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The National Archives
England and Wales
The National Archives (sometimes shortened to TNA) is a non-ministerial department, and the official archive and publisher for the UK Government, and for England and Wales. They are the guardians of over a thousand years of national documents and work to secure the future of physical and digital records. TNA holds one of the largest collections in the world, containing over 11 million historical government and public records. From Domesday Book to modern government papers and digital files, their collection ranges from paper and parchment to digital records and websites, photographs, posters, maps, drawings, and paintings.
Between 2003 and 2006, four government bodies specialising in particular aspects of managing information joined together to form a single organisation: The National Archives.
I) The Public Record Office, created as a result of the Public Record Office Act 1838 – the national archive of England, Wales and the United Kingdom government, dedicated to preserving key public records and making them accessible to researchers.
II) The Royal Commission on Historical Manuscripts, appointed under Royal Warrant in 1869, performs the Historical Manuscripts Commission’s functions in relation to private records.
IV) The Office of Public Sector Information, created in 2005 following a European Union directive to promote the re-use of information produced and collected by public sector organisations.
TNA’s expertise in effective records and information management and use and re-use of information makes them valuable to government and public sector bodies, and many other organisations. Continuing the tradition of their predecessors.
The National Archives’ building at Kew.
The National Archives also strive to be advisers in information and records management and a cultural, academic, and heritage institution. Since 2011, they have a leadership role for the archives sector across England, transferred from the Museums, Libraries and Archives Council. They work with and support a diverse network of archives, and are an accredited archive service.
The National Archives’ ‘Discovery’ online archive catalogue holds more than 32 million descriptions of records held by The National Archives and more than 2,500 archives across the country. Over 9 million records are available for download.
The National Archives’ ‘Discovery’ online archive catalogue homepage.
Researchers can book a visit to The National Archives site in Kew, to look up documents. The building was opened in 1977 as an additional home for public records, which were predominantly housed in a building on Chancery Lane. The site was originally a First World War hospital, and later used by several government departments. It is near to Kew Gardens Underground station. The National Archives also have an additional office in Norwich and a record storage facility in Winsford Rock Salt Mine, Cheshire.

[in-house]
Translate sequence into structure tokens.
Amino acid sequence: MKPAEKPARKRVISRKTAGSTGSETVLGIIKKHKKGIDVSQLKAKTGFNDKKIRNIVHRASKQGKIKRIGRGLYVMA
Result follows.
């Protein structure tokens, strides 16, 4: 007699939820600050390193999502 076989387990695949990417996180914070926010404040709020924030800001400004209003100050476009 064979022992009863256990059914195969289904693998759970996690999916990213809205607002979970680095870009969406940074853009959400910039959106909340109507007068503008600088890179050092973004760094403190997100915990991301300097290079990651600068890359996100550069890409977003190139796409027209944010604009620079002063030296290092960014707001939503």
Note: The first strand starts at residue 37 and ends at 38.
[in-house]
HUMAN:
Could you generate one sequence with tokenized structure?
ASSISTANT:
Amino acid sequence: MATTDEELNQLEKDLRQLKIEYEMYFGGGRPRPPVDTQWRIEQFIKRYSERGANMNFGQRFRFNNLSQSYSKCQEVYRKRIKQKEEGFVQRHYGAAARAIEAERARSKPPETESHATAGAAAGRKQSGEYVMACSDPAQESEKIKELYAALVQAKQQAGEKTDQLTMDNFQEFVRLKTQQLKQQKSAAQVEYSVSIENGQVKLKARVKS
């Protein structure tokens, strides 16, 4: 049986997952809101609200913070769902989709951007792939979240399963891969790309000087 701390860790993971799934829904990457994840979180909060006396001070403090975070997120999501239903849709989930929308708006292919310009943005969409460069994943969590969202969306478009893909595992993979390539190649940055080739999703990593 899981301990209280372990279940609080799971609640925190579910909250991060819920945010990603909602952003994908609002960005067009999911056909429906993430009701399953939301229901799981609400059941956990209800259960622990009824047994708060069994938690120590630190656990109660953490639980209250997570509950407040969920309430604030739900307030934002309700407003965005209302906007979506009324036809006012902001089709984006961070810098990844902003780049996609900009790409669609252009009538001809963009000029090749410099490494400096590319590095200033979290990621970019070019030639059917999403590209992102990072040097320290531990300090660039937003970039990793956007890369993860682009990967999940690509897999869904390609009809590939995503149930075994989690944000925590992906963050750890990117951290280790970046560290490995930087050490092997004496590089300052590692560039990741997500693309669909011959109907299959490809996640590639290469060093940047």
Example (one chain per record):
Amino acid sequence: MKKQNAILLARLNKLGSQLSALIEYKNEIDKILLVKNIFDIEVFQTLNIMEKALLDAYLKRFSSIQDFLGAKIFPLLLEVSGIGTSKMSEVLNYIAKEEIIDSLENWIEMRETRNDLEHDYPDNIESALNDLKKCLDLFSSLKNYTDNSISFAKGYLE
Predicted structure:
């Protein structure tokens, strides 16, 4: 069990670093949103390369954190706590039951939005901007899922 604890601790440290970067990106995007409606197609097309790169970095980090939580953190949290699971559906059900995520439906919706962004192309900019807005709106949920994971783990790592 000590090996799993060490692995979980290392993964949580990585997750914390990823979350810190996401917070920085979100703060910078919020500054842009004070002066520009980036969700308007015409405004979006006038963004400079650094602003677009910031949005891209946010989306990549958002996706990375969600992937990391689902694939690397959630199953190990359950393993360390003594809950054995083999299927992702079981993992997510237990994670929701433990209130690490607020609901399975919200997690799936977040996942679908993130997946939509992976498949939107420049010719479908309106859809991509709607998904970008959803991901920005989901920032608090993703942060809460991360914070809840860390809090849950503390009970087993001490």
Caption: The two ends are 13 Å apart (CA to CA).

On site at Kew there is also a large café and dining area as well as a shop stocked with public history books, a range of local and family history guides, and other items related to history and the archive collections. They hold occasional exhibitions as part of their outreach efforts such as ‘Treason: People, Power & Plot’ which ran until April 2023.
The National Archives’ stated aim is to ‘make the record accessible to all audiences, now and for the future.’ A noble objective which they strive to fulfil. They do so by allowing access to their collections in several ways, in the traditional sense of the archive as well as through talks, workshops, and online media. This month marks the twentieth anniversary of the creation of The National Archives. Amateur or professional researcher, they are free to use and well worth a visit.
References and Resources:
Read more about the history of The National Archives’ site at Kew here: Happy birthday to us! – The National Archives blog
Visit The National Archives website to discover for yourself their collections, resources, and activities.
Richard Taylor, Secrets of The National Archives: The Stories Behind the Letters and Documents of Our Past (2014).
Amanda Bevan, Tracing Your Ancestors in the National Archives: The Website and Beyond (2006).
The Friends of The National Archives is a registered charity and voluntary organisation which supports the preservation of and access to the nation’s records. They promote and assist the work of TNA through fundraising and practical support and educate the public in the knowledge of records.
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